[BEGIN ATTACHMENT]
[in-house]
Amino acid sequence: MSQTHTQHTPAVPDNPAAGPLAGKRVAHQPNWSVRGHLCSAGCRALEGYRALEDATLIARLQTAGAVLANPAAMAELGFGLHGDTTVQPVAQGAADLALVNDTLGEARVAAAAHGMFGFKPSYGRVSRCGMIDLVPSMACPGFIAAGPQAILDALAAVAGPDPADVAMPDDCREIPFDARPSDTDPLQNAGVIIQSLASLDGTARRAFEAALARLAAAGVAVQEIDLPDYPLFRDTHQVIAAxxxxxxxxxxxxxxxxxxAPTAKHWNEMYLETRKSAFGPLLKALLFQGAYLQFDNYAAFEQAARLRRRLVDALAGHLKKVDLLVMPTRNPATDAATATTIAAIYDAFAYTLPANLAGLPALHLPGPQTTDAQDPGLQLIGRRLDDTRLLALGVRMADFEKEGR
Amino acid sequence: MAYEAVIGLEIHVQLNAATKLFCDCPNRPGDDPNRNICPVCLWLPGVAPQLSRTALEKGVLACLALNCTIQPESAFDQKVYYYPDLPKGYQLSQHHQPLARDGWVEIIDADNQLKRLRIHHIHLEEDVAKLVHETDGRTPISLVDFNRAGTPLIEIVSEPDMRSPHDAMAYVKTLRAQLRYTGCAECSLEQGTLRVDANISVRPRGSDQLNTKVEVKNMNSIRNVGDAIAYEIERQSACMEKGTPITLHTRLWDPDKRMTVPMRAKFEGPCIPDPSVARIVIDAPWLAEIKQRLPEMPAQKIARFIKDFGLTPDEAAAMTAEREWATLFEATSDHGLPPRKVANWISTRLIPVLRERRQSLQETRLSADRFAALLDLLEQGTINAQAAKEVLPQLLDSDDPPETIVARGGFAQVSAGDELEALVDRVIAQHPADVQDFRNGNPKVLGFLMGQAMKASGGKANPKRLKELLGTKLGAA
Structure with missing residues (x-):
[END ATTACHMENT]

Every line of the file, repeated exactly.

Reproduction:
[in-house]
Amino acid sequence: MSQTHTQHTPAVPDNPAAGPLAGKRVAHQPNWSVRGHLCSAGCRALEGYRALEDATLIARLQTAGAVLANPAAMAELGFGLHGDTTVQPVAQGAADLALVNDTLGEARVAAAAHGMFGFKPSYGRVSRCGMIDLVPSMACPGFIAAGPQAILDALAAVAGPDPADVAMPDDCREIPFDARPSDTDPLQNAGVIIQSLASLDGTARRAFEAALARLAAAGVAVQEIDLPDYPLFRDTHQVIAAxxxxxxxxxxxxxxxxxxAPTAKHWNEMYLETRKSAFGPLLKALLFQGAYLQFDNYAAFEQAARLRRRLVDALAGHLKKVDLLVMPTRNPATDAATATTIAAIYDAFAYTLPANLAGLPALHLPGPQTTDAQDPGLQLIGRRLDDTRLLALGVRMADFEKEGR
Amino acid sequence: MAYEAVIGLEIHVQLNAATKLFCDCPNRPGDDPNRNICPVCLWLPGVAPQLSRTALEKGVLACLALNCTIQPESAFDQKVYYYPDLPKGYQLSQHHQPLARDGWVEIIDADNQLKRLRIHHIHLEEDVAKLVHETDGRTPISLVDFNRAGTPLIEIVSEPDMRSPHDAMAYVKTLRAQLRYTGCAECSLEQGTLRVDANISVRPRGSDQLNTKVEVKNMNSIRNVGDAIAYEIERQSACMEKGTPITLHTRLWDPDKRMTVPMRAKFEGPCIPDPSVARIVIDAPWLAEIKQRLPEMPAQKIARFIKDFGLTPDEAAAMTAEREWATLFEATSDHGLPPRKVANWISTRLIPVLRERRQSLQETRLSADRFAALLDLLEQGTINAQAAKEVLPQLLDSDDPPETIVARGGFAQVSAGDELEALVDRVIAQHPADVQDFRNGNPKVLGFLMGQAMKASGGKANPKRLKELLGTKLGAA
Structure with missing residues (x-):